School Bus Driver: A $10-$20 cash gift or gift card if allowed, otherwise a small gift is good.

Tutor: Cash or a gift equal to the cost of one visit.

Day Care Providers: a gift and/or cash for each provider from $25-$75.

Those Who Run Group Extracurriculars: A nice gift is always appreciated!

Those Who Run Private Extracurriculars: Cash or a gift equal to the cost of one session.

Nursing Home Workers: Cash tips usually aren’t allowed, but you should get a thoughtful gift for anyone who has been extra kind.

Those You Don’t Tip (a holiday card is always nice though)

  • Accountant/CPA
  • Attorney
  • Auditor
  • Banker
  • Bookkeeper
  • Doctor, Dentist
  • Executive Coach
  • Members, Board of Directors or Trustees
  • Seamstress/ Tailor
  • Veterinarian

When to Tip Cash Versus Give a Gift

There’s no hard and fast holiday tipping guide that says when you should give cash versus a tip. If cash feels like too much (over the top), then go with a small gift, otherwise I speak from experience when I say that the person will probably appreciate cash.

If you have a special relationship with the person, such as with a babysitter who you employ every single weekend, then you could do cash and a small gift.

Gift ideas include:

  • Gift cards to restaurants, coffee shops, nail salons, etc.
  • Homemade goodies like holiday bread, cookies, a hot chocolate kit, etc.
  • A array of unique tea
  • Mugs or coffee cups
  • Winter accessories like hats, scarves, mittens, etc.
  • Gift baskets with a collection of items you know the person will enjoy

Budgeting Your Holiday Tipping

You’re probably not made of money, and this list is pretty extensive.

My rule is that if you’ve chosen to hire someone or a service, then you must tip, because it was your choice to fill the position in the first place. Examples of this are most household employees, assistants, drivers, etc.

On the other hand, the best place to cut down on tips is either for services that you get outside the home or those that are mandatory who you don’t really engage with. If you have a different delivery person every time (or don’t get a lot of packages), then it’s probably safe to omit that tip. This is because you have virtually no relationship but can’t decide to not have a delivery man. If you sometimes switch nail artists or masseuses, then you could tip a smaller amount or get a small but nice gift, like a candle.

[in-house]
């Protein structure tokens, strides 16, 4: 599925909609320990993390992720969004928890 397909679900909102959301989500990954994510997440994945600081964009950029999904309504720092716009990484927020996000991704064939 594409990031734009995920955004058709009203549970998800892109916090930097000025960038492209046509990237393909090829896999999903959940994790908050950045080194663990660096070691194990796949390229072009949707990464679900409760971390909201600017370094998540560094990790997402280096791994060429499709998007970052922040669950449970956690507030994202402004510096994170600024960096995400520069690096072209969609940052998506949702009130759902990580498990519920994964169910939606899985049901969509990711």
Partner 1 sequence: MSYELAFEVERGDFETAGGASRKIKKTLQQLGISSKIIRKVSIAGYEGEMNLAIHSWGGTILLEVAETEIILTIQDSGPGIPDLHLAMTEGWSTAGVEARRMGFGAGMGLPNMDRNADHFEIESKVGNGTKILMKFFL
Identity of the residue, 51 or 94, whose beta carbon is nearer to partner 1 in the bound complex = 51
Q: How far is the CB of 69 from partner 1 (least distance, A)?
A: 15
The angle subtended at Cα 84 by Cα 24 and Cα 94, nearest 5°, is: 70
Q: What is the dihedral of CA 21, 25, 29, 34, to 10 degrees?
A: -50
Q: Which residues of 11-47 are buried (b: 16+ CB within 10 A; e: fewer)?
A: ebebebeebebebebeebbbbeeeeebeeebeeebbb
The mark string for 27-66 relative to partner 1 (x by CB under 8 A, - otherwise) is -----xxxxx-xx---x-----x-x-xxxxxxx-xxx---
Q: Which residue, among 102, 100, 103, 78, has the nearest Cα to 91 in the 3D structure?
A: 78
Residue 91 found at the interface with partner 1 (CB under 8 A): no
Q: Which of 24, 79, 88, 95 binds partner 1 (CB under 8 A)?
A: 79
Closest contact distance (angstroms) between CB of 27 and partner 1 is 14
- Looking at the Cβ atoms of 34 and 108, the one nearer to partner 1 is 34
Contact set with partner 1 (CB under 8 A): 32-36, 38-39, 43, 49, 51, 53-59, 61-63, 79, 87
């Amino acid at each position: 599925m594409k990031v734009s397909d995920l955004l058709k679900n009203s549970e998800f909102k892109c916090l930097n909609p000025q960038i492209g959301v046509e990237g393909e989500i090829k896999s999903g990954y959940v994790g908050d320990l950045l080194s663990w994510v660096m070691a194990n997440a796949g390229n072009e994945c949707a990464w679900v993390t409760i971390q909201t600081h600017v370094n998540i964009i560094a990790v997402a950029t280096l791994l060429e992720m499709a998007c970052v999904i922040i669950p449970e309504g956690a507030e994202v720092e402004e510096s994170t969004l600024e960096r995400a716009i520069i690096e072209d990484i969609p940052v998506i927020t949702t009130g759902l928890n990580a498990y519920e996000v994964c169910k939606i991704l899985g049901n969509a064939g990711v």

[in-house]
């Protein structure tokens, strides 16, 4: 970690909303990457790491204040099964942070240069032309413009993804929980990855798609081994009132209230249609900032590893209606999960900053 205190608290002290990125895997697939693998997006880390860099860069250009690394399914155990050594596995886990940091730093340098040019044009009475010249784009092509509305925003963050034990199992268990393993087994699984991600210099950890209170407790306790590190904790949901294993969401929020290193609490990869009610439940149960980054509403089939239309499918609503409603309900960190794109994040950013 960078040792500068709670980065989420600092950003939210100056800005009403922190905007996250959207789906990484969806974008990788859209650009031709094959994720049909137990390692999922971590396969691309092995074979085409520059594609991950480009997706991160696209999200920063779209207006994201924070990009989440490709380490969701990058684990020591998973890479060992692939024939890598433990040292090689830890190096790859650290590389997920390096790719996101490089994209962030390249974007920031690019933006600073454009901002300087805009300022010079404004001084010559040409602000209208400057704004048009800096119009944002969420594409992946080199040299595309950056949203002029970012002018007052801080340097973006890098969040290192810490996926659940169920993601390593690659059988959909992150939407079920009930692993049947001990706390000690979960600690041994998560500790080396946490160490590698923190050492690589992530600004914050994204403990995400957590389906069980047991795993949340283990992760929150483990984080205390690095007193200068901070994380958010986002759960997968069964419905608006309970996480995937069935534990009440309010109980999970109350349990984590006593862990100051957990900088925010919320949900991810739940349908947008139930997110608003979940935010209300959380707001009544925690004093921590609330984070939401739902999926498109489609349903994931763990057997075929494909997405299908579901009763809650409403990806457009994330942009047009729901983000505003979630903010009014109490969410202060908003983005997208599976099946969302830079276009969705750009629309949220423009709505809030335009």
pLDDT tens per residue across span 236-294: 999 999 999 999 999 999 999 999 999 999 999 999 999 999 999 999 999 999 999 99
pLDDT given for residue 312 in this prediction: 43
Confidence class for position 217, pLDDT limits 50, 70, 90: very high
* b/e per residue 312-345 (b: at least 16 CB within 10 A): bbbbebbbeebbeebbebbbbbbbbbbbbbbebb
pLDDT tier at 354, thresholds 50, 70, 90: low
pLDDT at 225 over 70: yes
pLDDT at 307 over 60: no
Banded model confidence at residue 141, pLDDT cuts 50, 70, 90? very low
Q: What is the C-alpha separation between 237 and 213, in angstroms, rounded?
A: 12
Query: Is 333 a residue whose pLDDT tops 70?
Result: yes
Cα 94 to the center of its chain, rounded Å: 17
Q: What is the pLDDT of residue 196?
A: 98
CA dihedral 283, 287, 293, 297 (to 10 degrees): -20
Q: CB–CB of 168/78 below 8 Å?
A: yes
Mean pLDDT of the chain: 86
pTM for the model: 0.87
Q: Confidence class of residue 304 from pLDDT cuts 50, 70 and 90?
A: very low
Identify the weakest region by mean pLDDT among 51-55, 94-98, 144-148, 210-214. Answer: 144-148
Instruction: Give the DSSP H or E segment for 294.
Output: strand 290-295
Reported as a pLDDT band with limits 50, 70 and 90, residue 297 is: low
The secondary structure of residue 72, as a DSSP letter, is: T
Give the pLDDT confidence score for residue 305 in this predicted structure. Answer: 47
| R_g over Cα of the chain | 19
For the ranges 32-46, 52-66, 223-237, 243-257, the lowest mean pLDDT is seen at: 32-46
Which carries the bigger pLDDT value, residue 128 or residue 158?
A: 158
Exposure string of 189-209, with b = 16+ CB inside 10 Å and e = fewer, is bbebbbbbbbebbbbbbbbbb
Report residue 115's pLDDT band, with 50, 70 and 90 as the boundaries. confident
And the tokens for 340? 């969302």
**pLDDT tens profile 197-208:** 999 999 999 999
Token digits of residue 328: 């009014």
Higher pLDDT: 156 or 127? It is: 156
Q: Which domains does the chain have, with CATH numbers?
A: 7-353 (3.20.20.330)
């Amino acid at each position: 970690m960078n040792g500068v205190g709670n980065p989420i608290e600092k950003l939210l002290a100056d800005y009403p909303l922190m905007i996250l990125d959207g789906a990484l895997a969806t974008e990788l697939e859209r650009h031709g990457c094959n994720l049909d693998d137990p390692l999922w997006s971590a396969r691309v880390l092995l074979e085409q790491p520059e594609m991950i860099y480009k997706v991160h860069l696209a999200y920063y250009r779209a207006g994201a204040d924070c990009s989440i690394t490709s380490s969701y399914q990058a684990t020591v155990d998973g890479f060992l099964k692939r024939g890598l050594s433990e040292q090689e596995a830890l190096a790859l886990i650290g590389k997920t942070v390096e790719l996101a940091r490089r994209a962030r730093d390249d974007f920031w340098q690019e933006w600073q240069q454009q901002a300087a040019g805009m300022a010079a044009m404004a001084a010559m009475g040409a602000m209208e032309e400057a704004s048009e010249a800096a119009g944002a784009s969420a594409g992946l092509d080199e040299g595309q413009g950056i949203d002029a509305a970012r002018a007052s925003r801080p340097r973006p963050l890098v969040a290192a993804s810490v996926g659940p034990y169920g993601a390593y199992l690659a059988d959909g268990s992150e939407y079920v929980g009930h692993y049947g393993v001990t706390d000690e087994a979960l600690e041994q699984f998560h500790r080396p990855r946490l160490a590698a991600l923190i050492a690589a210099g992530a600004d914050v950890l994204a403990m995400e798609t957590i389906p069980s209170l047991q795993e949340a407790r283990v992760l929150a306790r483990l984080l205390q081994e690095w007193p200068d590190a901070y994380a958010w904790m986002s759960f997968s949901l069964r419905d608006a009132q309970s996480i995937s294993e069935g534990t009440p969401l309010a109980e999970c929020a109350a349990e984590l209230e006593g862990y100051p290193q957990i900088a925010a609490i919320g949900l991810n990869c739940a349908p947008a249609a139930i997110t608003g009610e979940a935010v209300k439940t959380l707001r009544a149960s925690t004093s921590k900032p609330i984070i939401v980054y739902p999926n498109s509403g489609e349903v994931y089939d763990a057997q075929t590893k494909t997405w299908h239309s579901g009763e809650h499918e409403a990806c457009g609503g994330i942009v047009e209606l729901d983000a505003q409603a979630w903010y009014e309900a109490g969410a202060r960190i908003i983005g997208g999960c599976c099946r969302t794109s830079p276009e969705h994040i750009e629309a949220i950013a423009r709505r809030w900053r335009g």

Lastly, think about how much people you might need to tip rely on you. If the person is a full-time employee, then they only have one opportunity to receive a holiday tip, and that’s from you.

How to Tip

A heartfelt, handwritten card is always appreciated! I got a really sweet card from the family I nannied for and that meant a lot. I order nice holiday cards in bulk and do it all at once so that I don’t miss anyone.

Holiday Tipping Guide Extras: Other Things to Consider

  • Location: tipping expectations and usually higher in large cities
  • The quality of service provided: if you haven’t been with a provider long and the service is subpar, then you may reconsider tipping (much)
  • Length of time it takes for the service to be completed: A provider you see once a month for an hour will be tipped differently from a full-time cook
  • How long you’ve know the person(s)
  • How above and beyond the person(s) go during the year

If you’re unsure and there’s a general establishment (such as with the positions of a doorman or mail carrier), call the main desk and ask what’s usually appropriate. Keep in mind that many establishments don’t accept cash tips, so always check before you tip a provider you hired through an agency or larger business!

If I’ve missed any positions in this holiday tipping guide, let me know in the comments and I’ll add them in.

Happy holidays!

xo, Alex